Projecting Jose De Leon

At long last, the Dodgers found a solution to their hole at second base, acquiring second baseman Logan Forsythe from the Rays on Monday night in exchange for top pitching prospect Jose De Leon. This came after months of rumors around a trade involving De Leon and Brian Dozier. The Dodgers had a surplus of starting pitchers and an opening at second, so it was only a matter of time before they dealt the unproven De Leon.

De Leon’s first crack at the big leagues — a four-start cameo in September — didn’t go quite as well as many had hoped. But he breezed through the minors over the last two years. He broke out in a big way in 2015, striking out an absurd 35% of opposing hitters between High-A and Double-A while walking just 8%. That performance made him a consensus top-30 prospect the following winter.

De Leon battled injuries in the first half of 2016, but began dominating again once he returned to the field. In 16 starts at the Triple-A level, he once again posted a strikeout rate well over 30%, along with solid walk and home-run numbers. De Leon proved himself at the highest level of the minors at the tender age of 23. Pitchers who meet that standard often go on to have success in the majors, especially when they miss bats as prolifically as De Leon did.

De leon grades out exceptionally well by my KATOH system. It projects him for 8.1 WAR over his first six seasons by the traditional method (KATOH) and also 10.1 WAR by the method that integrates Baseball America’s rankings (KATOH+). He’s the 13th-highest-ranking prospect by KATOH+ and the third-highest-ranking pitcher.

To help you visualize what his KATOH projection entails, here is a probability density function showing KATOH+’s projected distribution of outcomes for De leon’s first six seasons in the major leagues.

To put some faces to De Leon’s statistical profile, let’s generate some statistical comps for the newest member of the Dodger’s rotation. I calculated a Mahalanobis distance between De Leon’s performance this year and every Triple-A season since 1991 in which a pitcher recorded at least 350 batters faced. In the table below, you’ll find the 10 most similar seasons, ranked from most to least similar. The WAR totals refer to each player’s first six seasons in the major leagues. A lower “Mah Dist” reading indicates a closer comp.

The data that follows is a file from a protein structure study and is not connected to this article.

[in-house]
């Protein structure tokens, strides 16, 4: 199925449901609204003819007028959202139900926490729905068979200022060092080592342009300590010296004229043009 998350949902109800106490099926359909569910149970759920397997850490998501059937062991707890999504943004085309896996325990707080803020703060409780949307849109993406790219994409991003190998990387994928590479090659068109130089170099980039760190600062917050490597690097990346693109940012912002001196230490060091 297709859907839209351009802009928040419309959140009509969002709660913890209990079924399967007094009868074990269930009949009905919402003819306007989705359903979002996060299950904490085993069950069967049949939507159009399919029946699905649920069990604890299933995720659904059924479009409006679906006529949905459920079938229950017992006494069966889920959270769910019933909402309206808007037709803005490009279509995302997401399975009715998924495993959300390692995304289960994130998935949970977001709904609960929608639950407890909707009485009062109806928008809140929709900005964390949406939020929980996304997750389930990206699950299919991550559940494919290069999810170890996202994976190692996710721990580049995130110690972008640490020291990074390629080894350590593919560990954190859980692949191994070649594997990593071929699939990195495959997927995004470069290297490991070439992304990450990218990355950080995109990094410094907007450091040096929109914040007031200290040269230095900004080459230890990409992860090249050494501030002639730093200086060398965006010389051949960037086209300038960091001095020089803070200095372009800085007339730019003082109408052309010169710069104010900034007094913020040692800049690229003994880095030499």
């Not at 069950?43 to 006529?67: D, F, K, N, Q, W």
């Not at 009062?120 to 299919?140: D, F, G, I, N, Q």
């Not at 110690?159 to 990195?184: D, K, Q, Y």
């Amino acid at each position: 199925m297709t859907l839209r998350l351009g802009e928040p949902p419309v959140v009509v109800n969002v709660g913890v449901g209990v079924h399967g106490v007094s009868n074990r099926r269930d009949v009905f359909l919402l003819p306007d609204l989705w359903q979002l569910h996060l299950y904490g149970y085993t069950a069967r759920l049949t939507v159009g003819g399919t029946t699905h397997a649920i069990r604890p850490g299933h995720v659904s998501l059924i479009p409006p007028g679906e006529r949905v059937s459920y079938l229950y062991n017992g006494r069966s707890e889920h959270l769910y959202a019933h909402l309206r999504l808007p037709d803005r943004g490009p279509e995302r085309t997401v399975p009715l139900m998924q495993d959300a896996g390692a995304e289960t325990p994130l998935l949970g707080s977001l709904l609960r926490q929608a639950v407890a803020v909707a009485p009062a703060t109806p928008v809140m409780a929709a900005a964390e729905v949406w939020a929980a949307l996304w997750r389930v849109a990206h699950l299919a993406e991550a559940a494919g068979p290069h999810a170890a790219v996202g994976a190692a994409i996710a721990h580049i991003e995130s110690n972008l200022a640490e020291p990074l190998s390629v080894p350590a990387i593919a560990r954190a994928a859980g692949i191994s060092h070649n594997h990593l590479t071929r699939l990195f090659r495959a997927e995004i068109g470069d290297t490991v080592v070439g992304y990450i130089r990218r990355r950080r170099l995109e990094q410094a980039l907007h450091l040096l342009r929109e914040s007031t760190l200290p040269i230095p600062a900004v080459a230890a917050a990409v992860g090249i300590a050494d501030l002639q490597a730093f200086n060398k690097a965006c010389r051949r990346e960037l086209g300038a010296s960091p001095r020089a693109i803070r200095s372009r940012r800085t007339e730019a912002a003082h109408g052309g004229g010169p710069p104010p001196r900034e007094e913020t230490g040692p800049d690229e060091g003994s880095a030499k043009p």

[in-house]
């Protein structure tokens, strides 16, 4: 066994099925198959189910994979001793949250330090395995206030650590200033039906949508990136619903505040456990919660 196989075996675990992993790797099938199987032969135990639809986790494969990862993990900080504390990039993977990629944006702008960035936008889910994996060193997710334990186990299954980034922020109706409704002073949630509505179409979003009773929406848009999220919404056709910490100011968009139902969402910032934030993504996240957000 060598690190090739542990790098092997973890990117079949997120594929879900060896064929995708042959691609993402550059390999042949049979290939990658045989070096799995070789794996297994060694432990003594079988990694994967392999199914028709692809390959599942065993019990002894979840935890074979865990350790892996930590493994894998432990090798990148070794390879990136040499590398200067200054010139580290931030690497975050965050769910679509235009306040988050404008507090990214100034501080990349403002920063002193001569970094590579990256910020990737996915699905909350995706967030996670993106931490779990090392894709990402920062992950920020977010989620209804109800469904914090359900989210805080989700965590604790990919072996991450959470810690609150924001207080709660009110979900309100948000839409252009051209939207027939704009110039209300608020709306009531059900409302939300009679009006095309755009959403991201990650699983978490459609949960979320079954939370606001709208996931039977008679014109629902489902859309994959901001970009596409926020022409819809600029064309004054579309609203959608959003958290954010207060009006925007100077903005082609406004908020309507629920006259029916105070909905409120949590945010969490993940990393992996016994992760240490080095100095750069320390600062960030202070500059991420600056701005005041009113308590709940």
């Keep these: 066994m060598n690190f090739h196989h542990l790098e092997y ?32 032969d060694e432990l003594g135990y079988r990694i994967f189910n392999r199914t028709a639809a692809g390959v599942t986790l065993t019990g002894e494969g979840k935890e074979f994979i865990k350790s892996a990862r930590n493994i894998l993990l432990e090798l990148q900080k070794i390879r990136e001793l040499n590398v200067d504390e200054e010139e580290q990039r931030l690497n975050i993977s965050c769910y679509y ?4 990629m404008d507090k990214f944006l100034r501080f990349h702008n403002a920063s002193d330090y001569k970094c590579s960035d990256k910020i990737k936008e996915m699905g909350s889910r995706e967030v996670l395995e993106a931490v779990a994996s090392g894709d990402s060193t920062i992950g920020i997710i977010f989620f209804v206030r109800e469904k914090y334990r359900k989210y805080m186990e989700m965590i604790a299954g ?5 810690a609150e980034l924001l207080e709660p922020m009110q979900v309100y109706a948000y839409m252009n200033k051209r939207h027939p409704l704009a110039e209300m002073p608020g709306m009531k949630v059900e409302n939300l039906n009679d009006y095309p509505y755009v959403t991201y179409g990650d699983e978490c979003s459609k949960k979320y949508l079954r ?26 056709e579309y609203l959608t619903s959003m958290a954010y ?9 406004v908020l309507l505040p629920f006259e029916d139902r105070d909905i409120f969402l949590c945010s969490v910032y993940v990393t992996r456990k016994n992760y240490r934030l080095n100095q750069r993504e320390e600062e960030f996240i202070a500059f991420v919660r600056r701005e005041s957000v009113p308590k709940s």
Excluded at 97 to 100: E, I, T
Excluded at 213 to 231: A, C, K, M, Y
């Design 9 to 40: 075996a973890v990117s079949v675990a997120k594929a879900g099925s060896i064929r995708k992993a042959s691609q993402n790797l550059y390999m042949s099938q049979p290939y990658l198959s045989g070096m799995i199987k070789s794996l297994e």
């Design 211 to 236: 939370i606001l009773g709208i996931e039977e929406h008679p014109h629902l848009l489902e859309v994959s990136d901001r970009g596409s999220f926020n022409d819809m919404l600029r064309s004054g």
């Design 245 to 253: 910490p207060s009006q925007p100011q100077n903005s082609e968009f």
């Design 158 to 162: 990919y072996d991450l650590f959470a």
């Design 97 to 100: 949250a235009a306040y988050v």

Please note that the Mahalanobis analysis is separate from KATOH. KATOH relies on macro-level trends, rather than comps. The fates of a few statistically similar players shouldn’t be used to draw sweeping conclusions about a prospect’s future. For this reason, I recommend using a player’s KATOH forecast to assess his future potential. The comps give us some interesting names that sometimes feel spot-on, but they’re mostly just there for fun.

Jose De Leon’s Mahalanobis Comps
Rank Name Mah Dist KATOH+ Proj. WAR Actual WAR
1 Rich Harden 2.16 6.6 15.1
2 Anthony Reyes 2.44 6.5 1.2
3 Hayden Penn 2.56 8.0 0.0
4 Ruben Quevedo 3.31 6.0 0.0
5 Homer Bailey 3.31 5.5 13.1
6 Wade Miller 3.37 5.2 13.2
7 Matt Cain 3.46 11.2 24.0
8 Carlos Carrasco 3.51 6.5 9.6
9 Dan Reichert 3.56 8.5 2.2
10 Juan Pena 3.73 10.5 0.7

For all his minor-league dominance, De Leon does have his flaws. Consider Eric Longenhagen’s comments from his write-up of the Dodgers system:

DeLeon’s drop-and-drive delivery sucks plane out of the fastball, and he’s fly-ball prone when he’s working up in the zone… His low-80s slider is an average offering and only consistently effective when he’s locating it just off the plate to his glove side. De Leon didn’t do this in his brief major-league stint.

Those detractors help explain why he got a little roughed up last September, and will be worth monitoring next year. But all in all, De Leon has been one of the top performers in the minors the past couple of years and is clearly ready for the next challenge. In De leon, the Rays now have an arm who can strengthen their rotation right away, and could provide significant value in the longer run.

Chris works in economic development by day, but spends most of his nights thinking about baseball. He writes for Pinstripe Pundits, FanGraphs and The Hardball Times. He's also on the twitter machine: @_chris_mitchell None of the views expressed in his articles reflect those of his daytime employer.

Newest Most Voted
Inline Feedbacks
View all comments
5 years ago

Hey Chris, maybe a stupid question, but what causes the KATOH output to not be more bell shaped? As in, De Leon has one outcome that’s most likely, and outcomes become less likely as you move away from that. I’m reacting in particular to the dip at 13-16 WAR and subsequent rise at 16-20 WAR.

5 years ago
Reply to  Jimbo

KATOH uses multiclass probit regression. That means it’s not actually estimating a probability distribution over the WAR results, but rather probabilities of falling into certain bins (that’s also why the plot of the “probability density function” isn’t a density function at all). That means you can’t really enforce a sensible assumption like unimodality.

5 years ago
Reply to  piddy

Enforcing unimodality might be difficult, but you can still apply more structure. For example, the ordered probit: